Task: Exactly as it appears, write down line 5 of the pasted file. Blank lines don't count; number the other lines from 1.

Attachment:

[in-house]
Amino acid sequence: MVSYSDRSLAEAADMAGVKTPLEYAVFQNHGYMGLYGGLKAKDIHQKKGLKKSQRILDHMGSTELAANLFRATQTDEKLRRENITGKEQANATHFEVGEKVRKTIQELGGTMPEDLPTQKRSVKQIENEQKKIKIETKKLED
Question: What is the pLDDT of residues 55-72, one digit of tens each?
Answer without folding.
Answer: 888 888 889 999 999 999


Answer: 888 888 889 999 999 999